A Sunday football club is to host a special match in memory of one of its first players and long-standing supporters.

Rod Pitchfork, 69, of Southwell, died last summer after losing a battle with cancer.

He was an integral part of Wheatsheaf United from its launch in 1969 — first as a player, then as manager of the third and reserve teams, general manager on the club committee and, more recently, as an avid spectator at most matches.

Current and former Wheatsheaf players are to stage a one-off match to remember Rod, who played in the club’s first matches and was described as a well-known and well-loved man in the Southwell community.

The Rod Pitchfork Memorial Game and charity event is being held at Southwell City FC on Sunday, May 28.

As well as the match, which will kick-off at 1pm, there will be other football-themed entertainment.

Among the guests will be Rod’s widow, Ann.

Tim Puttergill, Wheatsheaf United chairman, said: “Rod contributed so much to the football club over the years.

“The event has been planned to celebrate everything that Rod did.

“It will bring together players old and new, who knew him from his years of involvement with the club.

“It still seems inconceivable this game should even be taking place.

“It is incredibly sad that a stalwart of the football club and local community has left us.”

'A true gentleman'

Former England Under-21 keeper Scott Loach, who attended The Minster School in Southwell and played for City when he was 14, will feature in a half-time penalty shoot-out with spectators.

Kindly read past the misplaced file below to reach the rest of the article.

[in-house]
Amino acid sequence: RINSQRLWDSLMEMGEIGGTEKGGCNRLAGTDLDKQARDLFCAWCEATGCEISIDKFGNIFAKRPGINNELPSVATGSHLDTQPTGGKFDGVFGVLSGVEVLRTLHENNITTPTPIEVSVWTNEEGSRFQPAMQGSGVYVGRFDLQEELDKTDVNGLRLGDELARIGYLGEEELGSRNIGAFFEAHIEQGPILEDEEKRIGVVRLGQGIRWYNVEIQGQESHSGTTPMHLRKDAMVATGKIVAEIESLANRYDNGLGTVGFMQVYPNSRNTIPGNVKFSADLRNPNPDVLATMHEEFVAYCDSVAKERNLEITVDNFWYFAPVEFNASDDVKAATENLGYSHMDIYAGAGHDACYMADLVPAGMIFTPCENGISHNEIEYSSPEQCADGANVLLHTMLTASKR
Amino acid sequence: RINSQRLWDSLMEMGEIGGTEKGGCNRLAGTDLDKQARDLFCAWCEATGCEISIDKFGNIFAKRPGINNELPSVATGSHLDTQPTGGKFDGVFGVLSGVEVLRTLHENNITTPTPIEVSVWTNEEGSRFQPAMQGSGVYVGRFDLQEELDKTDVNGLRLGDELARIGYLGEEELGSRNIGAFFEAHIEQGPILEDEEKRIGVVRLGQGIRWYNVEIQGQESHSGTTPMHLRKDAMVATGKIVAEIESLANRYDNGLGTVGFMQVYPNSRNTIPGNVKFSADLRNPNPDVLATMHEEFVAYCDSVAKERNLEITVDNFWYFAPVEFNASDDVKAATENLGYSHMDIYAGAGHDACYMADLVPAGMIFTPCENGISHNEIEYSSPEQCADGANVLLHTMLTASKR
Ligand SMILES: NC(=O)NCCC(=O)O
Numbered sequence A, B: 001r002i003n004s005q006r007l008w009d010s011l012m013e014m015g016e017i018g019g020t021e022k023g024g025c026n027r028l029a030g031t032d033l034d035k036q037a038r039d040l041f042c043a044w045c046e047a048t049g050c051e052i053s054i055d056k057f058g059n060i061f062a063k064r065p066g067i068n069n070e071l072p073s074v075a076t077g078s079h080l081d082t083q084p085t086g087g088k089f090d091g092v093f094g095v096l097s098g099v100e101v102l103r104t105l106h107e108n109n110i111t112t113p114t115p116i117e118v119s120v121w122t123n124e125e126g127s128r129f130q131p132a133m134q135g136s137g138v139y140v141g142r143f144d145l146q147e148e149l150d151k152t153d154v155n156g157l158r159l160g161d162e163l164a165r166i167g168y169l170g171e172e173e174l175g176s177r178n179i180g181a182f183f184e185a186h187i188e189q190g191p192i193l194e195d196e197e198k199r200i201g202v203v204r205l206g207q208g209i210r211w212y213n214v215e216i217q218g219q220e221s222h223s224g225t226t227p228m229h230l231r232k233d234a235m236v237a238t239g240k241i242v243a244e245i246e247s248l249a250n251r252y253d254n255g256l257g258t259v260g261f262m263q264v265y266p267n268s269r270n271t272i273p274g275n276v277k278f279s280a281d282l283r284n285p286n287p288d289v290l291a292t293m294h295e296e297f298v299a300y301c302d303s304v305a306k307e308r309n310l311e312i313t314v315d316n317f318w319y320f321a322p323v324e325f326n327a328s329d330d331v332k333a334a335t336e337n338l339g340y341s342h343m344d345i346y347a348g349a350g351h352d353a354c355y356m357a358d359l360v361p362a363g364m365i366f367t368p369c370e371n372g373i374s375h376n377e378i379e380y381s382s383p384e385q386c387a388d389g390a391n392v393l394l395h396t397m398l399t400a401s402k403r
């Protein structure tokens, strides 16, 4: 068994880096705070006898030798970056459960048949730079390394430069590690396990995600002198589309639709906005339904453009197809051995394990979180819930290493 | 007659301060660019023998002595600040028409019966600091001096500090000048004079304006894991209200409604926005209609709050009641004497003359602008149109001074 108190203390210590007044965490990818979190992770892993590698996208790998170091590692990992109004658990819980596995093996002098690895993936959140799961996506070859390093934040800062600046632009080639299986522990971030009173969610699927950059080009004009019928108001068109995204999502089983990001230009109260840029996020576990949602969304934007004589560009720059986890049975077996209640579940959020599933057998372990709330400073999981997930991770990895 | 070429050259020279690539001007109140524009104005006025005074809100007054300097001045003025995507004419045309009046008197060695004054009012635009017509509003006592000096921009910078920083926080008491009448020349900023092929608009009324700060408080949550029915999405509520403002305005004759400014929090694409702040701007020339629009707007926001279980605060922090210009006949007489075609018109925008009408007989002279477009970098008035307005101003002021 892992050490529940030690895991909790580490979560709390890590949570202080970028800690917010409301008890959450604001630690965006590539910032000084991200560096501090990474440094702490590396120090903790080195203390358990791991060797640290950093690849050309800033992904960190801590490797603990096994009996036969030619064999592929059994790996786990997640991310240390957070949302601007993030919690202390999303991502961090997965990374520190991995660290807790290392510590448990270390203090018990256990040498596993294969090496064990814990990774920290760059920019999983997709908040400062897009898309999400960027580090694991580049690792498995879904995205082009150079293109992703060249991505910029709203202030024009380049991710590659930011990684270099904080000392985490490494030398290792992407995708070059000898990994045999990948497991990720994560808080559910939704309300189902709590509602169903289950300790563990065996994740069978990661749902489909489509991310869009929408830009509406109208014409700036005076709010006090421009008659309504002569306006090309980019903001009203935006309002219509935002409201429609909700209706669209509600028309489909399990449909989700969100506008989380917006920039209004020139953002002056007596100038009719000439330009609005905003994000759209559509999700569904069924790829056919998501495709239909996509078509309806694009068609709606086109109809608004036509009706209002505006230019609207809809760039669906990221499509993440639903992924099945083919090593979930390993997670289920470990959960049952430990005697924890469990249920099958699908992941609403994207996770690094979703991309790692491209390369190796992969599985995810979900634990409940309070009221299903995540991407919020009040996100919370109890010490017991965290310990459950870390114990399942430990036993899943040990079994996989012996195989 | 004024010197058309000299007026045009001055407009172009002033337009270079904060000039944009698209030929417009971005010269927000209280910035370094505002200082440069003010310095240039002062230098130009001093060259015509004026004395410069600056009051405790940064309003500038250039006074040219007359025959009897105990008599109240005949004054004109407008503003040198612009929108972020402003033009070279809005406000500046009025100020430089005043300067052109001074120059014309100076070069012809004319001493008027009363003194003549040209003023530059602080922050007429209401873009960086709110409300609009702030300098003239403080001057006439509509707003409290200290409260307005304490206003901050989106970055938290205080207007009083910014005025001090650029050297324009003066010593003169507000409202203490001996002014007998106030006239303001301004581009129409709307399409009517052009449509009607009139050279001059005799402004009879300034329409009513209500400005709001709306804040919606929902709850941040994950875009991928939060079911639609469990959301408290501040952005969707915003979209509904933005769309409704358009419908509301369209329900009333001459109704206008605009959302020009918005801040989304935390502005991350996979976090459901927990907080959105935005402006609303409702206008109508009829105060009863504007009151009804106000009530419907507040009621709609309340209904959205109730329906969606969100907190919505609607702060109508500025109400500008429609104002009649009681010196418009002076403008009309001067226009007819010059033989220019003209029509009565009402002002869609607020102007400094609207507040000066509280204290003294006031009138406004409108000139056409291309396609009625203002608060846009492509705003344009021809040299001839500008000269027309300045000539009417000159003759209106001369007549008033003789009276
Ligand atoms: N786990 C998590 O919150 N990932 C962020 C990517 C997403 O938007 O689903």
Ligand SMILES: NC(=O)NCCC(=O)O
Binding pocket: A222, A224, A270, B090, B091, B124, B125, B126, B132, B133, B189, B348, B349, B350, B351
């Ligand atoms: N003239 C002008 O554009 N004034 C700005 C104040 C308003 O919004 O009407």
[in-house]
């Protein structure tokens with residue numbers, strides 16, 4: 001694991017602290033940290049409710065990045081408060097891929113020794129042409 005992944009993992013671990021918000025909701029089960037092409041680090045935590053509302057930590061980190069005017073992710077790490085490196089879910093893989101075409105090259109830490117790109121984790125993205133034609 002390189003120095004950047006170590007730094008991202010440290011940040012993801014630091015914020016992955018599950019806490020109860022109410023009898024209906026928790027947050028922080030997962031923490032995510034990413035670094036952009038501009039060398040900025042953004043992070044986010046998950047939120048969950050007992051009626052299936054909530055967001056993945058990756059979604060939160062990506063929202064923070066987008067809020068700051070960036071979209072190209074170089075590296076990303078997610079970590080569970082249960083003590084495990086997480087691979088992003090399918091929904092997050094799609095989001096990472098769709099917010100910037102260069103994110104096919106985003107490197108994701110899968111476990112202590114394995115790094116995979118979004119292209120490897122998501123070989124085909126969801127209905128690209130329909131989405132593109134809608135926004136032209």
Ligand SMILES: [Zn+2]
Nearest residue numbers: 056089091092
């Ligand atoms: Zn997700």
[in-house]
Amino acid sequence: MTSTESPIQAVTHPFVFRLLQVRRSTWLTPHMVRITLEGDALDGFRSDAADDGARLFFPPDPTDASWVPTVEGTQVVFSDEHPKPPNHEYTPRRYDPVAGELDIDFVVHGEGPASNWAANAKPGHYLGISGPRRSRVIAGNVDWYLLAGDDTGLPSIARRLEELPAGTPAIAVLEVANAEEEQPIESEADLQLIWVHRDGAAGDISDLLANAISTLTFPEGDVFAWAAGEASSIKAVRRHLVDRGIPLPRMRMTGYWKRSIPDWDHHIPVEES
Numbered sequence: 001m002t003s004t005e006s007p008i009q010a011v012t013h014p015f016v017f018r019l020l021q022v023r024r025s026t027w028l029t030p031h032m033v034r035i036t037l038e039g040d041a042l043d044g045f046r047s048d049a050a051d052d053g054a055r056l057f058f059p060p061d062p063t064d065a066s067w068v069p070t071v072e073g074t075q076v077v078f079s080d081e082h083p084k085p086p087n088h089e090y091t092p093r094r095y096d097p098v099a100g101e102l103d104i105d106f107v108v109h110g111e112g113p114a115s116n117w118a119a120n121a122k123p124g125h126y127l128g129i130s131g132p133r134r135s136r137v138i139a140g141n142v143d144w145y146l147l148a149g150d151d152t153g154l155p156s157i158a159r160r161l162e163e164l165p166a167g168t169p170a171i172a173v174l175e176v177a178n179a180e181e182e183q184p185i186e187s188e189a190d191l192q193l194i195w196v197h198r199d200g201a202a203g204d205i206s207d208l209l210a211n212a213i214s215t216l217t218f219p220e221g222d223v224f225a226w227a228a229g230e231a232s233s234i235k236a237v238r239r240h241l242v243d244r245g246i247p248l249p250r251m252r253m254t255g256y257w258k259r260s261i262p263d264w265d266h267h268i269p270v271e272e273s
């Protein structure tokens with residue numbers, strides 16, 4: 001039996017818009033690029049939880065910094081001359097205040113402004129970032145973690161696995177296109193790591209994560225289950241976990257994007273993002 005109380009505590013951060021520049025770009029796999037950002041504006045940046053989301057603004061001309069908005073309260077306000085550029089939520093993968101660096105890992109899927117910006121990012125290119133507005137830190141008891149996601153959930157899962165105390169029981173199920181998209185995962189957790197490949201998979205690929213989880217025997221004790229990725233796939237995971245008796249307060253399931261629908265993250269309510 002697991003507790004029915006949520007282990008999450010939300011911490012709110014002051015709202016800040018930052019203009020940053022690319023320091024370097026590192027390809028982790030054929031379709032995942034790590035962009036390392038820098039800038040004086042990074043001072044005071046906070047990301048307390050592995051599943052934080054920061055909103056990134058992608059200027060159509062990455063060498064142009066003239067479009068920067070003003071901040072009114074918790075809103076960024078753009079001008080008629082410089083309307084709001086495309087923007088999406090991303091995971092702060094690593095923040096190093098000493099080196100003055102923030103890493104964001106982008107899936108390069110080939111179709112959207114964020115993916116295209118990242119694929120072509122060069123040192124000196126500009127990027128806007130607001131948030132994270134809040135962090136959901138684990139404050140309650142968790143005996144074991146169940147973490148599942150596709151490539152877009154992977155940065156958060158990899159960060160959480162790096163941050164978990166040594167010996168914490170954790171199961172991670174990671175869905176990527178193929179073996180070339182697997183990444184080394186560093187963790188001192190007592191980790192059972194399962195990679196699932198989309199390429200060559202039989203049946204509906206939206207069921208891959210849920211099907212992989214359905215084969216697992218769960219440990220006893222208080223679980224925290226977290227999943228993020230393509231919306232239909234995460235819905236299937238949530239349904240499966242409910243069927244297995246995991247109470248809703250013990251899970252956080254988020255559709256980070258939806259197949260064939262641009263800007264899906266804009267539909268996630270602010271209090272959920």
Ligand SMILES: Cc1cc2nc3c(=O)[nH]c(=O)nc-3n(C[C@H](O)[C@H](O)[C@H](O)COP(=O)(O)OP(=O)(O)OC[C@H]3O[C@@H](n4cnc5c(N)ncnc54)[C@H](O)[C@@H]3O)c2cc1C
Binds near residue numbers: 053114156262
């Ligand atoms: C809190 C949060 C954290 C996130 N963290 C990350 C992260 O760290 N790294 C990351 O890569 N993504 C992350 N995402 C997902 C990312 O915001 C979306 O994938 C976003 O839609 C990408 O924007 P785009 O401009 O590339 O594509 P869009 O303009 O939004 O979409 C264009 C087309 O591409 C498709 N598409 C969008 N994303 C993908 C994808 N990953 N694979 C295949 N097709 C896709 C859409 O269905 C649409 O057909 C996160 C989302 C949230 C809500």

Other football entertainment at the charity event will include former professional footballer Lee Canoville’s speed-gun game for youngsters, who can test how hard they can kick a ball.

Wheatsheaf manager Mike Oxborrow said the club had been working hard to arrange the event.

“Rod was a true gentleman of the club and the community,” he said.

“His passion and enthusiasm for the club will never be replicated. I hope those who knew Rod in any capacity can come to the event, share their memories and help raise funds for a worthy cause.”

The event will be supporting Nottingham Hospitals Charity’s Myeloma Appeal, which provides care and therapy for those who suffer from myeloma — a cancer of the blood and bone marrow.

Tim Puttergill added: “We hope to see as many people as we can at the memorial game to remember Rod and to raise money.”

Photographs and memories of Rod will be included in a memorial programme. The event begins at noon.

Among the former players returning for the match are Rod’s brother, Mick Pitchfork, Alan Leach, Brian Howard, Trevor Grattage, Trevor Eley, Mick Foster, Dave Foster, Neil Marshall, Mick Coote, Dave Coote, Dave Williams, Bob Clay, Gary Peck, Neil Wheat, Paul Cleary, Paul Pegg and Steve Best.